When I spend $60 on a new game, and go to pick it up during a midnight launch, there isn't any reason that I shouldn't get what I pay for. There aren't any warnings saying, "DO NOT SELL BEFORE NOON ON 9/13/2011" on my copy of NHL 12, and yet… attempts to redeem my pre-order bonus AND my Online Pass failed miserably. The content isn't working on Xbox Live (as of this writing) for whatever reason and the service errors out after entering the codes. Worse yet, the codes are now used and don't show up in my Download History.
Simply put, I now have half a game for $60 and my pre-order bonus is lost because someone screwed up. The frustrating part is that, while the pre-order bonus is something that I can live without, I'm unable to play the game online and now am faced with the possibility of paying an additional $10 for something that's being held for ransom even for consumers who buy new. Why? Why are consumers forced to jump through hoops like this? Do you think that you're owed something else aside from the money that you're already making? Why is it my problem that you feel entitled to make money on used game sales, and why are you using me as a pawn in your little war?
I've had enough. I'm done. NHL 12 will be the last EA game that I buy new, if at all. I'm sick of the crap. I'm sick of having to enter voucher codes to make my games work properly when they had done that all along with such codes for years. I'm sick of your converting what used to be cheat codes into DLC cash cow opportunities. I fear for the further ransoming of the single-player experience in favor of greedy DLC, like we saw in Tiger Woods PGA Tour 12: The Masters. I love sports games—I really do—but I have my limits and EA Sports has most certainly reached its limit with me.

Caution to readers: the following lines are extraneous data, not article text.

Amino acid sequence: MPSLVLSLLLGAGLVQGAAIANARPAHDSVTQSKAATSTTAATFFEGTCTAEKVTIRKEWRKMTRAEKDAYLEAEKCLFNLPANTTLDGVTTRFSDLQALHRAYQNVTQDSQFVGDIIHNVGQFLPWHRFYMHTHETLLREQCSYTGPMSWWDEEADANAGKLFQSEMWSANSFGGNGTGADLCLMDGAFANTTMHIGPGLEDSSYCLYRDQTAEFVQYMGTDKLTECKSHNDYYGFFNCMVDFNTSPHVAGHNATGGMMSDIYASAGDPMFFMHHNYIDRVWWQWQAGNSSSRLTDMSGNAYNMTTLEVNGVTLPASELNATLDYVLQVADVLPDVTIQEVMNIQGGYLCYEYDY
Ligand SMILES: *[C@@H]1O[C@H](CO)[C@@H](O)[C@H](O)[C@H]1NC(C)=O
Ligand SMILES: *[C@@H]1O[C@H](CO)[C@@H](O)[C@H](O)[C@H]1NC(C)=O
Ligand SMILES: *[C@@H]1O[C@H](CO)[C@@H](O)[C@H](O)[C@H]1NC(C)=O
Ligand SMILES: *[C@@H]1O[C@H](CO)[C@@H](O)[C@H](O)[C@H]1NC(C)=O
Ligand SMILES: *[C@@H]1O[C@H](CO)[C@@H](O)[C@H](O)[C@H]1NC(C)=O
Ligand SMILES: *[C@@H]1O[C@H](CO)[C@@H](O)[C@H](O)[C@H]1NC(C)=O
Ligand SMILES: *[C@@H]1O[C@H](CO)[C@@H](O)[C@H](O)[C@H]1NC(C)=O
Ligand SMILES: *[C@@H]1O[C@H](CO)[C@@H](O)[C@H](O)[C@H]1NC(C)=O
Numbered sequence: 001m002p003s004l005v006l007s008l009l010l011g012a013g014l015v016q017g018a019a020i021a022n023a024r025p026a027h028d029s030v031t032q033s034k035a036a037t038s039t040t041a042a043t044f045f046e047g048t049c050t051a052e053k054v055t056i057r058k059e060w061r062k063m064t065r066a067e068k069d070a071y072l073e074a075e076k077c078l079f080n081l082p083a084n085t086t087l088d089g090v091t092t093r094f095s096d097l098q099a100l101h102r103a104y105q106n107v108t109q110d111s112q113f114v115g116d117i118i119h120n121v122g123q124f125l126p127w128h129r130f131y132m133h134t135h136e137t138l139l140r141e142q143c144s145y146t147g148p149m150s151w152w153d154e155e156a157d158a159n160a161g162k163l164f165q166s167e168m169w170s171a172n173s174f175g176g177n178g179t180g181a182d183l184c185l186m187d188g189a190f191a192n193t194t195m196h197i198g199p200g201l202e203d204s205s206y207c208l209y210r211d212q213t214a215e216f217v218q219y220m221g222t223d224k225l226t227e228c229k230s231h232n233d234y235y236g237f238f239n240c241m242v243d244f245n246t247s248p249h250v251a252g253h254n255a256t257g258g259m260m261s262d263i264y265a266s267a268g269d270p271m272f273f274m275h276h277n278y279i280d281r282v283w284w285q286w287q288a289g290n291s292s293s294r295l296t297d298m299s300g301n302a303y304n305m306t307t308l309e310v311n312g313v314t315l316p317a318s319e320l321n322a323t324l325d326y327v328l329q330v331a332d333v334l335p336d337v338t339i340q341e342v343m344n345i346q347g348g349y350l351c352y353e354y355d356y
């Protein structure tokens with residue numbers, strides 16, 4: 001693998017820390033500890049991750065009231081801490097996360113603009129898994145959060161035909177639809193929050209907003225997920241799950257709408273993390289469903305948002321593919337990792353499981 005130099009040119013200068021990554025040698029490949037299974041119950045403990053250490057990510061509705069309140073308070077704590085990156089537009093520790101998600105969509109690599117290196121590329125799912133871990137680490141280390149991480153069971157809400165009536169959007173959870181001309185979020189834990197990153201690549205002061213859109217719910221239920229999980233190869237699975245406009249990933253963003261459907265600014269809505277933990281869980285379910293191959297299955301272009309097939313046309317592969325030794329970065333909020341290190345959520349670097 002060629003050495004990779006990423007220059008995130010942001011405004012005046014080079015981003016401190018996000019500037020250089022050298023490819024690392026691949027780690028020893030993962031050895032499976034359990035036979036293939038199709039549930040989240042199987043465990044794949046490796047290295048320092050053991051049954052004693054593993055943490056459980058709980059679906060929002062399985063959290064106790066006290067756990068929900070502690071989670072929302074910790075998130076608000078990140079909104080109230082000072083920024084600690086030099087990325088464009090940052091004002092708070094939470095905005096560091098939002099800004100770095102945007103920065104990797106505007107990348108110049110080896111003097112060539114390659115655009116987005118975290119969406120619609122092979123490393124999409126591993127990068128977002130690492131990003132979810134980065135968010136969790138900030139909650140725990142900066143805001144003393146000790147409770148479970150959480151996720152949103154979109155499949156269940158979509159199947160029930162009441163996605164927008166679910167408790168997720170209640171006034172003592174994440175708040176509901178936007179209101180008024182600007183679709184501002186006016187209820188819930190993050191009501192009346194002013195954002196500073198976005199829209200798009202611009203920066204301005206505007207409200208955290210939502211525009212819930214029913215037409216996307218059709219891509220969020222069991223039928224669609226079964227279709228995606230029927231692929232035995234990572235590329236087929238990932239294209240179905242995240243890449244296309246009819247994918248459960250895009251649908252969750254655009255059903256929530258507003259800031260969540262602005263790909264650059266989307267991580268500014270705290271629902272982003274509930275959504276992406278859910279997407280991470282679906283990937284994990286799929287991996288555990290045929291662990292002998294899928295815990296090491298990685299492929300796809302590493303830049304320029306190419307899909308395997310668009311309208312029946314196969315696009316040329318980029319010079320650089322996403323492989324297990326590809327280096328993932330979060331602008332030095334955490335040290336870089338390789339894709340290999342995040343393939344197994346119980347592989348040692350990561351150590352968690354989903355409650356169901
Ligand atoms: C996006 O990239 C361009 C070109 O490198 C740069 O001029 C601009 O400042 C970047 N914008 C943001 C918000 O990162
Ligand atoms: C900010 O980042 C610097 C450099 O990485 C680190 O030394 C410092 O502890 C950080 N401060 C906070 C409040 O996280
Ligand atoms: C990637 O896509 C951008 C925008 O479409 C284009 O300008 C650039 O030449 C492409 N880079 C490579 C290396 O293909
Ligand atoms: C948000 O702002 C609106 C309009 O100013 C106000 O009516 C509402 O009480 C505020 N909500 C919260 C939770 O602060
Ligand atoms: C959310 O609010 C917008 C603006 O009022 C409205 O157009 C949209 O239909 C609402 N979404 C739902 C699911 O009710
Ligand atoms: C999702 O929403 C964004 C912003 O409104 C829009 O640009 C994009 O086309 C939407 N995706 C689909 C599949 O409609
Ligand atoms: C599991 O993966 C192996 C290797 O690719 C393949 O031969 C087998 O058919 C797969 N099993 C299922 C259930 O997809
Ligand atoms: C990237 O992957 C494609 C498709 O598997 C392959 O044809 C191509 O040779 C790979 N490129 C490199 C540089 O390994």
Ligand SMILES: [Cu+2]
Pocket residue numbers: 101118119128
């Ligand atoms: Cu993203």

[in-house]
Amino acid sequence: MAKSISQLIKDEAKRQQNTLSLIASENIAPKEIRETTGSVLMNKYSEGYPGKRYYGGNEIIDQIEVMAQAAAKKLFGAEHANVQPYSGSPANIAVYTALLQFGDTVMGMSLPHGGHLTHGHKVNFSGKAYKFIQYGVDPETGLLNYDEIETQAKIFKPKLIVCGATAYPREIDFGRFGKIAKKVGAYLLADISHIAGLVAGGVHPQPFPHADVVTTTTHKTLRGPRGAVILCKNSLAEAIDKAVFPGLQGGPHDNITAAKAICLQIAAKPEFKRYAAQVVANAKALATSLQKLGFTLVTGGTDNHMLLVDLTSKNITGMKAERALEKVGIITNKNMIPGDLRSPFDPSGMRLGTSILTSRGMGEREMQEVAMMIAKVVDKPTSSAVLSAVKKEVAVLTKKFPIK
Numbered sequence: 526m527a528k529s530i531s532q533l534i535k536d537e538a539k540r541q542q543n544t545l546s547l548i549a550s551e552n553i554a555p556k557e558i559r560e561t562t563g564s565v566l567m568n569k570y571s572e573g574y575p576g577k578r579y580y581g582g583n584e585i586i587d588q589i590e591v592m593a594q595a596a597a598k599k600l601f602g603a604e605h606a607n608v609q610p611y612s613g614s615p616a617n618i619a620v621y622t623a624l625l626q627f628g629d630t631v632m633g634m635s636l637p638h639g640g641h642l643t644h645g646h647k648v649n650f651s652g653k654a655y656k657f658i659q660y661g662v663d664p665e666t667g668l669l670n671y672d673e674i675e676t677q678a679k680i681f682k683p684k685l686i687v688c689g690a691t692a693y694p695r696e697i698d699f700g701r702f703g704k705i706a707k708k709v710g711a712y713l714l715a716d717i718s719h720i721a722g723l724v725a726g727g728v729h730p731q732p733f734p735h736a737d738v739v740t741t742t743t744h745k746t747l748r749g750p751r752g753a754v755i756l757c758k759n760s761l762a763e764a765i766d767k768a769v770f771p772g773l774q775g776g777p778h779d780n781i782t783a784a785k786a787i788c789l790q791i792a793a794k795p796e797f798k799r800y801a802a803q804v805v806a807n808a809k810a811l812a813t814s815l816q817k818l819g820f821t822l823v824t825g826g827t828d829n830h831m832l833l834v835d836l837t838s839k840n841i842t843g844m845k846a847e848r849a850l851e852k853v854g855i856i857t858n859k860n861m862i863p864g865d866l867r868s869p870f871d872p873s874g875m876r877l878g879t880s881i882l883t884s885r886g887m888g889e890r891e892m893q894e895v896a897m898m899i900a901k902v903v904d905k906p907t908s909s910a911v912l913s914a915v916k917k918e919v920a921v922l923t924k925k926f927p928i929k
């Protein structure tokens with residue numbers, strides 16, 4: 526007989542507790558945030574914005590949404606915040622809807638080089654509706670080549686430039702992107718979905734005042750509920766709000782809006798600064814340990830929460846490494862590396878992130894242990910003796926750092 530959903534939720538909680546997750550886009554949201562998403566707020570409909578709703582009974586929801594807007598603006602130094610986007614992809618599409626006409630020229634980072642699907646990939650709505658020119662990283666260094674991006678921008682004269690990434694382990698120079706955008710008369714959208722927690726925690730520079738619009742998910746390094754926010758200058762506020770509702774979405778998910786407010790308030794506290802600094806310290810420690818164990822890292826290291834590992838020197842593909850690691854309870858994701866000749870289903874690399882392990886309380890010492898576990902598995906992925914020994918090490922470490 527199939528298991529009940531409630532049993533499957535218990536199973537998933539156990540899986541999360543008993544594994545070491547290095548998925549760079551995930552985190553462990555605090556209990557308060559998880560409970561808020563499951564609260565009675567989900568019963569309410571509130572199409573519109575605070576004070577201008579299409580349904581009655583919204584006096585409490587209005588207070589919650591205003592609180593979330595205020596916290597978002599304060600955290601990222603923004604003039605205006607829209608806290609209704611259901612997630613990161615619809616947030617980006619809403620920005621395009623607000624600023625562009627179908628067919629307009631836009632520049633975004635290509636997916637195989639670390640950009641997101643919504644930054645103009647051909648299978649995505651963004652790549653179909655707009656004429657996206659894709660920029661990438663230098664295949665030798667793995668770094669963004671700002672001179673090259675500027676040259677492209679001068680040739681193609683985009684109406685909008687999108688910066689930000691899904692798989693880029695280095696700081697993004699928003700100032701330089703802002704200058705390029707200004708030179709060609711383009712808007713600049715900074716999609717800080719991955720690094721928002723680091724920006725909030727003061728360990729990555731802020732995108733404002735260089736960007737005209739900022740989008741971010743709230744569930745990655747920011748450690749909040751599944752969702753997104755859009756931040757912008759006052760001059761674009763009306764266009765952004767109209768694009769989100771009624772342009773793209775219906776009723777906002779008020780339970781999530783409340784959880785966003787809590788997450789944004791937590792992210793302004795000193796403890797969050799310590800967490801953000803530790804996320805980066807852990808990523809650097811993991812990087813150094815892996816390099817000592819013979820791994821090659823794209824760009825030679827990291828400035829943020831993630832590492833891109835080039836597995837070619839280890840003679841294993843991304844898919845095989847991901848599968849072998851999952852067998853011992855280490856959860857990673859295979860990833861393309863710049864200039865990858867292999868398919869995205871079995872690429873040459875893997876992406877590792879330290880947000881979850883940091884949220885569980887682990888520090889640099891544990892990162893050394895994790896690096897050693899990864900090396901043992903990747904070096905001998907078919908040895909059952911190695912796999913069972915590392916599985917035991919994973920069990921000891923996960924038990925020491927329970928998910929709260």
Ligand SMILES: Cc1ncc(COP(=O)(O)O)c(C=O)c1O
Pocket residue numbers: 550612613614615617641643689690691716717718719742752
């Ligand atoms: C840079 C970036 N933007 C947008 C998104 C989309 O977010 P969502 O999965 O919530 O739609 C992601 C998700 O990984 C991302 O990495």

I've never thought that Online Passes were a good idea, but I accepted them. I don't like that the other profiles on my Xbox 360 can't use the pass to go online with, but I deal with that. I've taken the other crap in stride up to this point, but when my Online Pass code doesn't work AND it's now been used? That's the end right there. It's not my responsibility to have to follow up with EA and show multiple proofs of purchase, hoping that I get a replacement code and that everything works all right. This should have been tested and resolved well in advance of the game shipping to stores… and yet here we are. Now the onus is on me to beg for something that, after paying for it, I should have access to and be using already.
I don't want to hear about technical issues, or "these things happen", or "EA will fix it." This is exactly the reason why Online Passes are awful. The used game consumer doesn't even APPLY here. The game just came out today. It's the new game consumer that gets screwed here and has to jump through even more hoops to play the video game that he (or she) bought outright. You got your money, EA. You got your money a few days ago, at least, when the retailer paid you for the shipment. Why is it too much to ask, apparently, for things to work properly at launch? Am I now "entitled" because I expect my purchases to be fully valid at the time that I pay for them? Without the Online Pass scenario, I'm playing the game online right now and not writing this blog entry. Instead, because of a certain publisher's own "entitlement" to the second-hand market, I lose… even when I buy the game brand new.
Maybe, when it comes to games with Online Passes, the only winning move is not to play.
- Consoleation: All good things… - November 15, 2013
- Consoleation: The death of the College Football video game - September 27, 2013
- Consoleation: The war on used games—Xbox One, Consumers Zero - June 8, 2013